The Douglas County District Attorney’s Office is working with local nonprofit Building Peace Inc. to establish a Restorative Justice program.
In restorative justice programs, a trained facilitator convenes the offender with a victim or victims to talk about the act and how it affected the victim and the community. Through this process, the offender is held accountable for their actions and makes amends and the victims can begin healing.
“The community benefits, the victim benefits and the offender benefits,” Valdez said. “It’s a win-win-win.”
While the DA’s Office and Building Peace are working out details of how the program will be implemented, Valdez said she would like to start with juvenile offenders. Because restorative justice has a high success rate of reducing recidivism, Valdez believes the program can also reduce the high school-to-prison pipeline. Additionally, the goal is identify potential cases for restorative justice before charging.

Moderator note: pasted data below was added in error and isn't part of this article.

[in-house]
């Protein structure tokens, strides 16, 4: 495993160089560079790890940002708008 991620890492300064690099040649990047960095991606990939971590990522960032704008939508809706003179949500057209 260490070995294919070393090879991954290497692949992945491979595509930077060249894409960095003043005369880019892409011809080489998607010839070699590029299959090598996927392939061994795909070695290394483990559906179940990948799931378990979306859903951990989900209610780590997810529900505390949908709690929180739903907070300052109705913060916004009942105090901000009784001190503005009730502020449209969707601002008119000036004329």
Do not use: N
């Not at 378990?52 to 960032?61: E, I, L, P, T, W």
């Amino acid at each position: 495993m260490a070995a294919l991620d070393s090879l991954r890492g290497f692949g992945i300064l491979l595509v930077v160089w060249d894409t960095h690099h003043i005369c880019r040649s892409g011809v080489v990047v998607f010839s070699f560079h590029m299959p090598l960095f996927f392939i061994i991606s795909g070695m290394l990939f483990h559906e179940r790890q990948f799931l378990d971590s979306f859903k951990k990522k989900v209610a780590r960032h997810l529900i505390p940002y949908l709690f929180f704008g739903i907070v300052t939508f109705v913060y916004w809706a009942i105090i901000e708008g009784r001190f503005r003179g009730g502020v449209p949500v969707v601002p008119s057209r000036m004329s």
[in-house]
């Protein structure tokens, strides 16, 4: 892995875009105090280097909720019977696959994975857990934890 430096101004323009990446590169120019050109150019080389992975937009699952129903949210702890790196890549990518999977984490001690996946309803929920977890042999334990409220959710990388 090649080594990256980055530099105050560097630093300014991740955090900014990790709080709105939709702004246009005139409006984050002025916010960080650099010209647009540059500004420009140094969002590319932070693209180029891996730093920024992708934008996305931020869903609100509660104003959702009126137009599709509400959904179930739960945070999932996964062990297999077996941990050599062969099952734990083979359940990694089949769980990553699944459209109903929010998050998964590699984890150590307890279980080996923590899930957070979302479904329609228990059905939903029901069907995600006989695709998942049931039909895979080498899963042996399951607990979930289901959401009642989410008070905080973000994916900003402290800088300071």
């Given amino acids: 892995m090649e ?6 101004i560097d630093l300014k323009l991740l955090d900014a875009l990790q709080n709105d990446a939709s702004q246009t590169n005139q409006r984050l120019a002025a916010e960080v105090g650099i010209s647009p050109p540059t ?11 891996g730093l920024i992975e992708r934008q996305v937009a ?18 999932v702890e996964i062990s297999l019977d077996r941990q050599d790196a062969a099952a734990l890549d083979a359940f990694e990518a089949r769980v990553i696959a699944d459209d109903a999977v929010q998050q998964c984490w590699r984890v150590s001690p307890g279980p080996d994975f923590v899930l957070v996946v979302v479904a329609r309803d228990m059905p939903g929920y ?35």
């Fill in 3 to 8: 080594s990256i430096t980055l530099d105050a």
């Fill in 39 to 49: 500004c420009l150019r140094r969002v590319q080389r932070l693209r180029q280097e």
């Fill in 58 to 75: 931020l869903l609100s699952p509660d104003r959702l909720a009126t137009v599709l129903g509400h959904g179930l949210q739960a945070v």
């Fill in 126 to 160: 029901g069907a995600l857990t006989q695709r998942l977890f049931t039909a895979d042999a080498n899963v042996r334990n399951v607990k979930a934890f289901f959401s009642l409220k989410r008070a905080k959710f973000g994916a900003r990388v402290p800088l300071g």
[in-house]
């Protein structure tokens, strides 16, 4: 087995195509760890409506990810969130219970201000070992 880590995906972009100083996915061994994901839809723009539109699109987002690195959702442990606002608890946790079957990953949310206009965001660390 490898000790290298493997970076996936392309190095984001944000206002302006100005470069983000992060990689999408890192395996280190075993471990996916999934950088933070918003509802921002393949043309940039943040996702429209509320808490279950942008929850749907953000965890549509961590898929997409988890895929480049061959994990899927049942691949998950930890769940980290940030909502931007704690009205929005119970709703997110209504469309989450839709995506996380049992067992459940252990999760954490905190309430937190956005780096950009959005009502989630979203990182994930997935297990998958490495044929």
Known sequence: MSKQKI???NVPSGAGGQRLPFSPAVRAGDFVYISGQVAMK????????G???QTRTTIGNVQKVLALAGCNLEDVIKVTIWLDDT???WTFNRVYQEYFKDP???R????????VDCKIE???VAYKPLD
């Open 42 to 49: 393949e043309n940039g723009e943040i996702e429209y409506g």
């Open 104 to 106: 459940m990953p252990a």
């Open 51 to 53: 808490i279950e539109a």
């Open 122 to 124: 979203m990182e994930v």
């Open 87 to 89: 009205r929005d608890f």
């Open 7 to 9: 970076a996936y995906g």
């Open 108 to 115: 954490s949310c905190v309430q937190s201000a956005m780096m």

“Even a charge can alter a person’s life forever,” Valdez said.
Lyle Seger, founding organizer of Building Peace, said that nearly 290 other communities across the United States have implemented restorative justice programs. Seger and others from his office, in conjunction with the DA’s Office, held an informational session in November and plan to train members of the community as restorative justice facilitators. More information will be provided on that training when it becomes available.
The DA’s Office explores alternatives to incarceration whenever appropriate, Valdez said.
“We take a holistic approach to everyone who comes through the criminal justice system,” she said. “Restorative justice is another tool in our toolbox to hold people accountable while reducing the criminal justice imprint on someone’s life.”